Man killed in SLC shootout a 'troubled' Army vet

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SALT LAKE CITY - New details are emerging about a U.S. Army deserter killed by a Salt Lake City police officer during a downtown shootout Friday.

Those details paint a picture of a troubled Army specialist who returned from Afghanistan earlier this summer, then deserted his post. The tragedy has the Army spokesperson at 28-year-old Brandon Barrett's last base stressing that more than ever, we cannot take the emotional well being of soldiers for granted.

Barrett was dressed in full military dress with protective gear and multiple clips of ammunition strapped to his body when he was spotted in the vicinity of the Grand America Hotel around 3:30 p.m. Friday.

Shea Porter witnessed the shootout
Shea Porter witnessed the shootout

"I glanced across the street and noticed a man with a helmet in military dress," said Shea Porter, who witnessed the shootout. "A couple seconds later, I heard 10 shots."

Barrett fired multiple shots into a Salt Lake police officer's car and shot the officer in the leg. The officer returned fire, killing Barrett.

Barrett had been missing since July 20, when he went absent without leave from Joint Base Lewis-McChord in Tacoma, Wash. He had served in Afghanistan with the NATO-led International Security Assistance Force between July 14, 2009, and June 26, 2010, according to Lewis-McChord officials.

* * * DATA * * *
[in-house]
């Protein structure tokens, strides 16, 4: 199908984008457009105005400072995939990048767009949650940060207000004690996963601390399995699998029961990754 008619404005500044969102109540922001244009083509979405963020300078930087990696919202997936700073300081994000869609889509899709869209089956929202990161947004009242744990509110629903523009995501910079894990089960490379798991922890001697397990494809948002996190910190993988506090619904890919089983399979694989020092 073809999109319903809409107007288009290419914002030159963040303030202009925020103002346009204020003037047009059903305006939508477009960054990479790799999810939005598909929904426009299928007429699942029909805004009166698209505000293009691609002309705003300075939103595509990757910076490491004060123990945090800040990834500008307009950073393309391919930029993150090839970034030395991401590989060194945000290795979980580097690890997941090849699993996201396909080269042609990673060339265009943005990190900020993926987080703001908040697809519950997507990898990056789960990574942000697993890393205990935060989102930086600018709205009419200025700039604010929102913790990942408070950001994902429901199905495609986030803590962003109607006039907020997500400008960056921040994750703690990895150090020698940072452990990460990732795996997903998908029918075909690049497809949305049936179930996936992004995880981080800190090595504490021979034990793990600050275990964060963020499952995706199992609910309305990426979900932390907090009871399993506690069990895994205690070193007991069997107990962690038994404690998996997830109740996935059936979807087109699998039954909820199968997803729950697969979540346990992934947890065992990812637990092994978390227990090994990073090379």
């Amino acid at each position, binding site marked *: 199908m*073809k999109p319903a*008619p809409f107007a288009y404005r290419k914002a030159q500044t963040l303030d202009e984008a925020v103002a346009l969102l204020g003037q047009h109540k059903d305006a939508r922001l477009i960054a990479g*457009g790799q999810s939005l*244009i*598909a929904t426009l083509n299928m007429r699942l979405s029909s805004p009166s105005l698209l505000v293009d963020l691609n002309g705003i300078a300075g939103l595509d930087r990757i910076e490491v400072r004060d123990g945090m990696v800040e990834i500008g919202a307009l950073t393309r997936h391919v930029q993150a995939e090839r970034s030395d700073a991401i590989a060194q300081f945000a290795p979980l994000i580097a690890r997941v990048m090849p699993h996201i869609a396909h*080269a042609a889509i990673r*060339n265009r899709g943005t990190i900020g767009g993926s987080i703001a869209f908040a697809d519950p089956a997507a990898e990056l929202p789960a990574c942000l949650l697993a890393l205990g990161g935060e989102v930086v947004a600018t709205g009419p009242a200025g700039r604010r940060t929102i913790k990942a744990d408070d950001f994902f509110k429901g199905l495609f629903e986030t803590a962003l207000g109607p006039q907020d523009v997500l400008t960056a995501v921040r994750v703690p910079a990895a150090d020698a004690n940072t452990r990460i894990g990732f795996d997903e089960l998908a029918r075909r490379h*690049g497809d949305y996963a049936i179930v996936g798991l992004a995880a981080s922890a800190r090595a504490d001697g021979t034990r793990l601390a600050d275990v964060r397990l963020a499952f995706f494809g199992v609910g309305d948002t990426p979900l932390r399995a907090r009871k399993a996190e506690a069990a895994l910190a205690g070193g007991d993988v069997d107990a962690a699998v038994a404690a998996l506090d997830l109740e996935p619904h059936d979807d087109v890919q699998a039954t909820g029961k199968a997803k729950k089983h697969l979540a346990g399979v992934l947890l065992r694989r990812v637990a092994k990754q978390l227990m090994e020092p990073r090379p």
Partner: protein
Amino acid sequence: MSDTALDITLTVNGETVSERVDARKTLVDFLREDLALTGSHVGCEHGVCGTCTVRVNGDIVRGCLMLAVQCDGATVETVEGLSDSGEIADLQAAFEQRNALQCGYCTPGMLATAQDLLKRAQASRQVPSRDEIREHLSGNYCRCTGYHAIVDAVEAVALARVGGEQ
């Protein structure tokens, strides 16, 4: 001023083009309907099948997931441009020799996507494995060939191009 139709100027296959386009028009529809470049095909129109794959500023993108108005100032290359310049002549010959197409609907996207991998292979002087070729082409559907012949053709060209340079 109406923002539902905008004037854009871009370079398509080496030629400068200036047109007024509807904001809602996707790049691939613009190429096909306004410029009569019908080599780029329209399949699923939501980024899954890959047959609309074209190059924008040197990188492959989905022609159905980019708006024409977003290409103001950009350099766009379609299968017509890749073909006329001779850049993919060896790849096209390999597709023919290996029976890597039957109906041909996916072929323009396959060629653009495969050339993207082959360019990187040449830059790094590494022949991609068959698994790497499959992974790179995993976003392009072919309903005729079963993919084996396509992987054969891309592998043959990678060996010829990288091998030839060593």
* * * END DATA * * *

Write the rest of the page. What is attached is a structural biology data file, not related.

Brandon Barrett (Courtesy: MySpace)
Brandon Barrett (Courtesy: MySpace)

At the time of the shooting, there was a federal warrant out for Barrett's arrest after he was declared a deserter from his post just over a week ago.

Mental health experts at the VA Medical Center in Salt Lake City say they rarely see cases this extreme.

"Violence is not typically what we see in our returning veterans," says Dr. Tanya Miller, a psychologist at the hospital's PTSD clinic. "They do struggle sometimes with anger issues but that's usually directed at themselves instead of other people."

Police don't believe Barrett was from Utah. When he enlisted in the Army in 2006 he was living in Tucson, Ariz., and they're not sure why he was in Utah.

Mental health experts don't know what signs, if any, there were in Barrett's case, but say it often takes a real push from friends or family for someone, particularly a war veteran, to seek help. "They fought for it," says Miller. "They deserved to get the treatment they need."

Officials at Lewis-McChord say they're working closely with investigators on this case, but so far no one has released any information about a possible motive into Barrett's actions.

Meanwhile, the police officer who Barrett shot has been released from the hospital. He's now recovering at home.


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